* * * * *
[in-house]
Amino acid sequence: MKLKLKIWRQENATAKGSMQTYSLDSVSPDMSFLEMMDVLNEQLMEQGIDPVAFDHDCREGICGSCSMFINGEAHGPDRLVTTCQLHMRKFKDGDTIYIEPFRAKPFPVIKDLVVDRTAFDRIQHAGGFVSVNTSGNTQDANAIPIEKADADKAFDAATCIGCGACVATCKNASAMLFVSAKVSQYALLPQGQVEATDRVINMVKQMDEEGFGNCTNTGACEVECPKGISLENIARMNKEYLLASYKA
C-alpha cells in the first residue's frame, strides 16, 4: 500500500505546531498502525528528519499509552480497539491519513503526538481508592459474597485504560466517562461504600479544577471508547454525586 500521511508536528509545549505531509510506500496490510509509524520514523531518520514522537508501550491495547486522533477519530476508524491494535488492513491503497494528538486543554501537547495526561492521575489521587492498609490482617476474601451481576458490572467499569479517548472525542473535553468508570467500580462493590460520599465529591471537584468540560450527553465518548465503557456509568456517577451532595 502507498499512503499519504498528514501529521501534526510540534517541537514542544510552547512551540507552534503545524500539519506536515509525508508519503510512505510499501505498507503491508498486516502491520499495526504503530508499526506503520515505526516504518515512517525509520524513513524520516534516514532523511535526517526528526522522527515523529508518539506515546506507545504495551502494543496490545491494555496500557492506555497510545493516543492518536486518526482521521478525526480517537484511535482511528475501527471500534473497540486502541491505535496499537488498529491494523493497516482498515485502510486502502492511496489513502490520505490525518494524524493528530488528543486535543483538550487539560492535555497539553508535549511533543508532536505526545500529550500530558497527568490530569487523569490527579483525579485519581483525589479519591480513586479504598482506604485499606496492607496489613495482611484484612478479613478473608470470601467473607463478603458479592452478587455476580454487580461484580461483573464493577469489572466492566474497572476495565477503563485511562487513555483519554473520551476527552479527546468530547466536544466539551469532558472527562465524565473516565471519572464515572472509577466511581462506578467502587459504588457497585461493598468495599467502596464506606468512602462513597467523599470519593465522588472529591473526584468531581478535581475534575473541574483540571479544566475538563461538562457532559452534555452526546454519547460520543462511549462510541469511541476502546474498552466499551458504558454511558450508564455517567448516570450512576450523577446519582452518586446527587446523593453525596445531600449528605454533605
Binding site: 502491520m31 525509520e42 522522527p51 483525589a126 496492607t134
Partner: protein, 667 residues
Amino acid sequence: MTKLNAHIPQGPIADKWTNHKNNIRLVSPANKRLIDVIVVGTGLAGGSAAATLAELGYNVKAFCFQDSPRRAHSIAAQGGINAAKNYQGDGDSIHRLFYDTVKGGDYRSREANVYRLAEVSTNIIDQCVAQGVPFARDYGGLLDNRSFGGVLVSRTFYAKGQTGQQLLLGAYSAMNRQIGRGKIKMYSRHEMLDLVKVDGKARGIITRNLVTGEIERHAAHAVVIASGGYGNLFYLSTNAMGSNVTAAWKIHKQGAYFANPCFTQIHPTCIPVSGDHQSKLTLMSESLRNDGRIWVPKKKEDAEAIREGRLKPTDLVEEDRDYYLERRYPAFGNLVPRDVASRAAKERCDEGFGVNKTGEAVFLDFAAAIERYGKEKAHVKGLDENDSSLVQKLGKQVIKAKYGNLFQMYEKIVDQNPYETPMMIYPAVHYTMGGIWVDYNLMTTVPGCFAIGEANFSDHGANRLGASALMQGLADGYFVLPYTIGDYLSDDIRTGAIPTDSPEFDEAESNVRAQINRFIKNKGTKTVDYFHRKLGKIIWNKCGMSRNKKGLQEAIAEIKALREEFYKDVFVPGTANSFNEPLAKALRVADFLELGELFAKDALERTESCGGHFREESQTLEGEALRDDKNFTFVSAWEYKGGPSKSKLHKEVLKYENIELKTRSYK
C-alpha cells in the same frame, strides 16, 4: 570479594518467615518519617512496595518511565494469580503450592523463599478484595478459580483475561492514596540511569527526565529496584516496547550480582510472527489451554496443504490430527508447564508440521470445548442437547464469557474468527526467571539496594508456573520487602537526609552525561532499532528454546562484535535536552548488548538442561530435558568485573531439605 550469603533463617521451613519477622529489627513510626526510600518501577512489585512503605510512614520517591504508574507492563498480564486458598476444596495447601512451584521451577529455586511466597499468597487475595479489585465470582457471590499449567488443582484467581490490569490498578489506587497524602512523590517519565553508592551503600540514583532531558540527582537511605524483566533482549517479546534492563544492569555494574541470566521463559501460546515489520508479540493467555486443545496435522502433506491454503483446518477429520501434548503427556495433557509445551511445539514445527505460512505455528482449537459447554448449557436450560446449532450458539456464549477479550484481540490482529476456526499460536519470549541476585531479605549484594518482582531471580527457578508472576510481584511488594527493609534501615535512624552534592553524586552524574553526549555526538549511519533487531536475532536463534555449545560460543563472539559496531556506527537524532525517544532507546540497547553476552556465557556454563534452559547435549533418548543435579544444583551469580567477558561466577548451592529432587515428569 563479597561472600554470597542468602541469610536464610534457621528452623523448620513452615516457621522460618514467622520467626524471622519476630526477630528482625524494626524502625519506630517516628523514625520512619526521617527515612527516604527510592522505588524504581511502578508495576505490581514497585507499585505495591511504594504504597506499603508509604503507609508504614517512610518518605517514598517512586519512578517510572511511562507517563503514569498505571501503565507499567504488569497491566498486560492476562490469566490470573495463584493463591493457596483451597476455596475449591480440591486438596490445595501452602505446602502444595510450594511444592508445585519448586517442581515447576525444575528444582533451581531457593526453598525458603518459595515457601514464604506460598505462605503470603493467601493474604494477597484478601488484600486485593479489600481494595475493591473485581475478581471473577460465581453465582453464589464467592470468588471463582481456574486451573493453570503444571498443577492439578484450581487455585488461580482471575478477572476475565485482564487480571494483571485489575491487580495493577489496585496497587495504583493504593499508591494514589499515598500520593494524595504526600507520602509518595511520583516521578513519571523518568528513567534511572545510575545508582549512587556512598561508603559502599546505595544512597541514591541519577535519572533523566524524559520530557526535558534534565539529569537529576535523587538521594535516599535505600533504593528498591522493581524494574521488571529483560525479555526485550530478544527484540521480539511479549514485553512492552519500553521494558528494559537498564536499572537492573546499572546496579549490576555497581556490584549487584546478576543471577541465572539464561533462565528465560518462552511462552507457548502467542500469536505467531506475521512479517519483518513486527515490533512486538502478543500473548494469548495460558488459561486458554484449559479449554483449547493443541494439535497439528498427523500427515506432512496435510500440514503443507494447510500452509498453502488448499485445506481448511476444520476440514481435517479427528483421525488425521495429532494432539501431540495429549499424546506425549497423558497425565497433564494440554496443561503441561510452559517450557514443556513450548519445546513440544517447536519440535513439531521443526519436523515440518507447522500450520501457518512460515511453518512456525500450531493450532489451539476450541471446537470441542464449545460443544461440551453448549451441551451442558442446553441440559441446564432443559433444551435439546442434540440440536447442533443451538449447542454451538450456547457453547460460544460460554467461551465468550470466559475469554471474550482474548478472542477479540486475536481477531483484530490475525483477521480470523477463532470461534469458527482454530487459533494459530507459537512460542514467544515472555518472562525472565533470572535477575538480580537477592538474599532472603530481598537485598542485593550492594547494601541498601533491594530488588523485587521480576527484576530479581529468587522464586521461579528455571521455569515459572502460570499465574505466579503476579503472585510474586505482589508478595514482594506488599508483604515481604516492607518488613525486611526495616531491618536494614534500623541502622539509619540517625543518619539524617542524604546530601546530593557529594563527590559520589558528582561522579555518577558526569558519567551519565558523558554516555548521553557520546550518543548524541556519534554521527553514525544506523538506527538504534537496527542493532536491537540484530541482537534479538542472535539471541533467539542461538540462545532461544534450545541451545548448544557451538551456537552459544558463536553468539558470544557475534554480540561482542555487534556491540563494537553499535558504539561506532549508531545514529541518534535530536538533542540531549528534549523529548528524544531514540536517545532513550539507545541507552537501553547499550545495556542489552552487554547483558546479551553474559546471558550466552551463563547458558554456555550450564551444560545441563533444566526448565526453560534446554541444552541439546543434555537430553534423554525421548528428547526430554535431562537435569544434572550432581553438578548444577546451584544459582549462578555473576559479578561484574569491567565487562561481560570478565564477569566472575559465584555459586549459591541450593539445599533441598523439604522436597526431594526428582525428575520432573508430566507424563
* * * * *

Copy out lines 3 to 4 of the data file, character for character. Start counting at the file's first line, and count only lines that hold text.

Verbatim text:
C-alpha cells in the first residue's frame, strides 16, 4: 500500500505546531498502525528528519499509552480497539491519513503526538481508592459474597485504560466517562461504600479544577471508547454525586 500521511508536528509545549505531509510506500496490510509509524520514523531518520514522537508501550491495547486522533477519530476508524491494535488492513491503497494528538486543554501537547495526561492521575489521587492498609490482617476474601451481576458490572467499569479517548472525542473535553468508570467500580462493590460520599465529591471537584468540560450527553465518548465503557456509568456517577451532595 502507498499512503499519504498528514501529521501534526510540534517541537514542544510552547512551540507552534503545524500539519506536515509525508508519503510512505510499501505498507503491508498486516502491520499495526504503530508499526506503520515505526516504518515512517525509520524513513524520516534516514532523511535526517526528526522522527515523529508518539506515546506507545504495551502494543496490545491494555496500557492506555497510545493516543492518536486518526482521521478525526480517537484511535482511528475501527471500534473497540486502541491505535496499537488498529491494523493497516482498515485502510486502502492511496489513502490520505490525518494524524493528530488528543486535543483538550487539560492535555497539553508535549511533543508532536505526545500529550500530558497527568490530569487523569490527579483525579485519581483525589479519591480513586479504598482506604485499606496492607496489613495482611484484612478479613478473608470470601467473607463478603458479592452478587455476580454487580461484580461483573464493577469489572466492566474497572476495565477503563485511562487513555483519554473520551476527552479527546468530547466536544466539551469532558472527562465524565473516565471519572464515572472509577466511581462506578467502587459504588457497585461493598468495599467502596464506606468512602462513597467523599470519593465522588472529591473526584468531581478535581475534575473541574483540571479544566475538563461538562457532559452534555452526546454519547460520543462511549462510541469511541476502546474498552466499551458504558454511558450508564455517567448516570450512576450523577446519582452518586446527587446523593453525596445531600449528605454533605
Binding site: 502491520m31 525509520e42 522522527p51 483525589a126 496492607t134